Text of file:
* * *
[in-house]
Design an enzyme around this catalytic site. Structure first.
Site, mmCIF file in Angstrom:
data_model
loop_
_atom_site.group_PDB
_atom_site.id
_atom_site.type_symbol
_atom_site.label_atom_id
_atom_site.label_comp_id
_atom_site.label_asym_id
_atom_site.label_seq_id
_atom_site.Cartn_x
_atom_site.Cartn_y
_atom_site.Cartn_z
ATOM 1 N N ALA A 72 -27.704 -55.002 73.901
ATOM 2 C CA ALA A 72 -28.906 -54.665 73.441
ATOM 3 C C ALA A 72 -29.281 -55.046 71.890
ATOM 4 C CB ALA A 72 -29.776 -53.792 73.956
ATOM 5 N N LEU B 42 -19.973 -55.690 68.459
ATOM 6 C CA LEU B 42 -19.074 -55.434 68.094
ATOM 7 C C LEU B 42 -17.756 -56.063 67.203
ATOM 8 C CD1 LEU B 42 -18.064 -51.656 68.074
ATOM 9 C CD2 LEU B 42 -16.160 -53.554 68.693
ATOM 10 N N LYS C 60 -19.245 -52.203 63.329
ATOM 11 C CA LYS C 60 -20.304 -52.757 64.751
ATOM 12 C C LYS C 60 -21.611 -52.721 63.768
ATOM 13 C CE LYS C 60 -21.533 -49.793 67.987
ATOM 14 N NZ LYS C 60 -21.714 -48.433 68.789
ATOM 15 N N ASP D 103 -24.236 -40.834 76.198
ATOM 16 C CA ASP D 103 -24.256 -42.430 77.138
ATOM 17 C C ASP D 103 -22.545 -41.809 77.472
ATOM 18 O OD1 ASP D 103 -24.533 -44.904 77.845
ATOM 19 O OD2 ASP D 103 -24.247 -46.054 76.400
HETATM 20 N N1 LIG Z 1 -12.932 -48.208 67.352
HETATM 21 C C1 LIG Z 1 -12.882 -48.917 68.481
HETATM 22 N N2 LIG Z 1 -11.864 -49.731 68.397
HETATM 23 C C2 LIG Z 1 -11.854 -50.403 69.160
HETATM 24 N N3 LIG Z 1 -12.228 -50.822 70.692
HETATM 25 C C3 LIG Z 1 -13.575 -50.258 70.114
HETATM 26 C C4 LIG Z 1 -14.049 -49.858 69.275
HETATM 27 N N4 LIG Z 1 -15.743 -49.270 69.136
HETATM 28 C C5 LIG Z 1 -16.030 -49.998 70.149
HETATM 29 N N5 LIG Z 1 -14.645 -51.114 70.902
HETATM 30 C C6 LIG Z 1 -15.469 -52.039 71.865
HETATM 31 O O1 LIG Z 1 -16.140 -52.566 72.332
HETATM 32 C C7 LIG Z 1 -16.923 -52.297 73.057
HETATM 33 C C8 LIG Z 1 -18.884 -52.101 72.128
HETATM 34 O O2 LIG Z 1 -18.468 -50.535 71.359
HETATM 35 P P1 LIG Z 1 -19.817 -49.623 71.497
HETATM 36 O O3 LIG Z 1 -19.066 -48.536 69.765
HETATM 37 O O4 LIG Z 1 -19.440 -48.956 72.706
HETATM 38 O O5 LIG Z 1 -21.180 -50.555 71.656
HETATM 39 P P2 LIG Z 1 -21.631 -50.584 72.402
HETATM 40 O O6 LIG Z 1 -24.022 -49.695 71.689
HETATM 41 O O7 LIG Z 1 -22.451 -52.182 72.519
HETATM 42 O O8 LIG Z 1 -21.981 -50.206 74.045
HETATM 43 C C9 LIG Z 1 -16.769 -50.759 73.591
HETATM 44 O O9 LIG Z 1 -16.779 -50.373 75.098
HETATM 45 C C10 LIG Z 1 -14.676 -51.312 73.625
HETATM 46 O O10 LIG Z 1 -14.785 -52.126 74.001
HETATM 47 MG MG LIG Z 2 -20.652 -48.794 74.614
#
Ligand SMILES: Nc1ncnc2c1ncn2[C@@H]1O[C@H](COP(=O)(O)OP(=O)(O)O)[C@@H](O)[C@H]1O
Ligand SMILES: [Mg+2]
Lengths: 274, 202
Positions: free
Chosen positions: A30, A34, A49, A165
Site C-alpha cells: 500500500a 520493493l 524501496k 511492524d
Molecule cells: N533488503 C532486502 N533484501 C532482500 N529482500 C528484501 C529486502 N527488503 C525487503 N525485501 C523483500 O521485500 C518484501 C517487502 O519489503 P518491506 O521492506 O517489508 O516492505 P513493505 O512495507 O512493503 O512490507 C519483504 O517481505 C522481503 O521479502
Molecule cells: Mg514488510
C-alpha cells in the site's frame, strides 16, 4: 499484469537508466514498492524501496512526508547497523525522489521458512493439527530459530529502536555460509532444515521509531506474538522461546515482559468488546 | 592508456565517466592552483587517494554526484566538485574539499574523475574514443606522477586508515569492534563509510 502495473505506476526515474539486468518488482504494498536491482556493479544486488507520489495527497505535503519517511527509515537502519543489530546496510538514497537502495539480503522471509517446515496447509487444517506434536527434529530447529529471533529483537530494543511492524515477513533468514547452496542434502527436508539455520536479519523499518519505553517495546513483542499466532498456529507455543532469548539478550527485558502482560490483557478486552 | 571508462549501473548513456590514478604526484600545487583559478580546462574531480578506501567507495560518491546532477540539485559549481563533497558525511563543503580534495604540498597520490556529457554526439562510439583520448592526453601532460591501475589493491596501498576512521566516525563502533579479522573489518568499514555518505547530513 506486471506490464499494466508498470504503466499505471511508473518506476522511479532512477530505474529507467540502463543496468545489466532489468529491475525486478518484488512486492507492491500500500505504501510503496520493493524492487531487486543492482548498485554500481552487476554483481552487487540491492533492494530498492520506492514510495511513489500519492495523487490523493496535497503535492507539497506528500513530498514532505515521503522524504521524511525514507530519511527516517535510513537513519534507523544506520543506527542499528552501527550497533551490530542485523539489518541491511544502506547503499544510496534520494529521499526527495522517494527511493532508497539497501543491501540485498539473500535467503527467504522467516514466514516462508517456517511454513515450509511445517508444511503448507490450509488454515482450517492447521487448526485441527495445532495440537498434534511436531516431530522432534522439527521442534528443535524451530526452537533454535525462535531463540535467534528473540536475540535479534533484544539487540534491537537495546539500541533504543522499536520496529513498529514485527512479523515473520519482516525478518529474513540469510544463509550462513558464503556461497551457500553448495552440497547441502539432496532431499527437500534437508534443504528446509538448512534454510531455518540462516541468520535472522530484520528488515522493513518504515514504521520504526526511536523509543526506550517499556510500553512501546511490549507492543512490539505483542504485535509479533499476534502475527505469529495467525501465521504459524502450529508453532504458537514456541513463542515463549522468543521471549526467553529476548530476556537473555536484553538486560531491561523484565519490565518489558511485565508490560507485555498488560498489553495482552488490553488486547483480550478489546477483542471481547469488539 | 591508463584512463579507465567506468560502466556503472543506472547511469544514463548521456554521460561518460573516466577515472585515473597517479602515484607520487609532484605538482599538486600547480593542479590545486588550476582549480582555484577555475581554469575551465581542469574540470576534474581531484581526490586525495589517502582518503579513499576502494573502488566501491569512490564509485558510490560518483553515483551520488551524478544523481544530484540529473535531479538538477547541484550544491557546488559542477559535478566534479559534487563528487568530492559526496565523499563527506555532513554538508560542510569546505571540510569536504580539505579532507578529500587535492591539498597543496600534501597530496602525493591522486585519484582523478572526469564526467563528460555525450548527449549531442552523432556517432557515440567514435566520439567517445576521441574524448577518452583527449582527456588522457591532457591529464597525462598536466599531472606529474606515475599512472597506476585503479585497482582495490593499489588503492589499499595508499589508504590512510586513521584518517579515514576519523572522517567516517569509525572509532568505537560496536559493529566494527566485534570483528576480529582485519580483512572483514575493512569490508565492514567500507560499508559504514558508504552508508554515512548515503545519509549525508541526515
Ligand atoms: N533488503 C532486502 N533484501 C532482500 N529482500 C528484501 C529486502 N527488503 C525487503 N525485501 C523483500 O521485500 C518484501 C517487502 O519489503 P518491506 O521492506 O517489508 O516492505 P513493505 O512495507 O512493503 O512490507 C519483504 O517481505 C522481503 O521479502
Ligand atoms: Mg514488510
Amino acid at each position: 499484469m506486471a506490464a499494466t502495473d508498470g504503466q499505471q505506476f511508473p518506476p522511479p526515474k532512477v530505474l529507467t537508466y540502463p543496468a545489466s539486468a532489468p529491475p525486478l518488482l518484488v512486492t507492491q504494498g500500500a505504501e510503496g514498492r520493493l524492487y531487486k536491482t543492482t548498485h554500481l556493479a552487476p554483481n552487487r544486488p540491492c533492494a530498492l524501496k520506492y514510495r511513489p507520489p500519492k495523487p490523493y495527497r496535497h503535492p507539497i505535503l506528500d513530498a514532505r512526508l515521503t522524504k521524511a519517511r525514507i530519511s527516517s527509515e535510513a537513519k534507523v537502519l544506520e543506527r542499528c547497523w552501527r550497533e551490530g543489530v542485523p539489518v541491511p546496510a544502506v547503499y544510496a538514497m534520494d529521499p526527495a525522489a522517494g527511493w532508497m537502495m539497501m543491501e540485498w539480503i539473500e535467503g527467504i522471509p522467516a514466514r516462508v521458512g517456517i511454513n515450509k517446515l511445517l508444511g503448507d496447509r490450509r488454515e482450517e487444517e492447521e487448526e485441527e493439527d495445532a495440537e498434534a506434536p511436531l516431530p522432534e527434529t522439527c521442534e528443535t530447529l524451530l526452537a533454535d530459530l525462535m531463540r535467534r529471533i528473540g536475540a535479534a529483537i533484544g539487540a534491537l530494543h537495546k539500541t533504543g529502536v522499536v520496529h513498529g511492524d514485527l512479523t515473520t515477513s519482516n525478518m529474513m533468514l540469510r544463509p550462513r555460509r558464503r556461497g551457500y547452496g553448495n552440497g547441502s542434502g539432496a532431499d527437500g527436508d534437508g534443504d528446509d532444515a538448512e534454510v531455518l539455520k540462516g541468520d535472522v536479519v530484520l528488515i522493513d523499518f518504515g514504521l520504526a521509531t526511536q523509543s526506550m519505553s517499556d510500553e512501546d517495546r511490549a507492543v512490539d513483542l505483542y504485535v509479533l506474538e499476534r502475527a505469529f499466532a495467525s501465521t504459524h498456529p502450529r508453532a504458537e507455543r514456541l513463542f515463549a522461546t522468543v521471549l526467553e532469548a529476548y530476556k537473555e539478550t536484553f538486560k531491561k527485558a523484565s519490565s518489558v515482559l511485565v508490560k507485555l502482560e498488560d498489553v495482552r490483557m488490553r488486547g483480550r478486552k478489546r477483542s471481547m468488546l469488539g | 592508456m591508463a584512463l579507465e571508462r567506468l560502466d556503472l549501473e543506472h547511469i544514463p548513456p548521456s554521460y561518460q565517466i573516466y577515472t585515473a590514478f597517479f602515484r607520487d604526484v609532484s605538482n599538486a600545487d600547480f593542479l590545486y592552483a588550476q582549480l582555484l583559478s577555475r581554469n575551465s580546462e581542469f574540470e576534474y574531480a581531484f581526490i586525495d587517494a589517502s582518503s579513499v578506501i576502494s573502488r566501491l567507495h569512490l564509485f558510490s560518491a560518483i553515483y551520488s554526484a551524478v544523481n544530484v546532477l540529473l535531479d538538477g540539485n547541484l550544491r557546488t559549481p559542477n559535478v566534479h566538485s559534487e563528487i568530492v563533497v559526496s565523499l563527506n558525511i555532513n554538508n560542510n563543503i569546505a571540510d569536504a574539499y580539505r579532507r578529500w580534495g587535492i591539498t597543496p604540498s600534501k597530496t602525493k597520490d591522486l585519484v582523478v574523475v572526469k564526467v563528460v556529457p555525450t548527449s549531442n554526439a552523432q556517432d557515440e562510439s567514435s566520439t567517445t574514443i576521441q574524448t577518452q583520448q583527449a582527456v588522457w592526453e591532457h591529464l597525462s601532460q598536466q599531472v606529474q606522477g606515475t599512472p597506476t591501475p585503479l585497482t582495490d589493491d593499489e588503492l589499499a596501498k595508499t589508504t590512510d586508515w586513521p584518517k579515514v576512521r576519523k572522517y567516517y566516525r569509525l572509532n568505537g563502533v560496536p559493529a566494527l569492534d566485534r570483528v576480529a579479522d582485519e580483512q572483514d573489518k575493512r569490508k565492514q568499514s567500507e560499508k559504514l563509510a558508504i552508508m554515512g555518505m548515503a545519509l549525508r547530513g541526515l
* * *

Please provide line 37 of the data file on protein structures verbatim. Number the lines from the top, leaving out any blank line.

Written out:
HETATM 22 N N2 LIG Z 1 -11.864 -49.731 68.397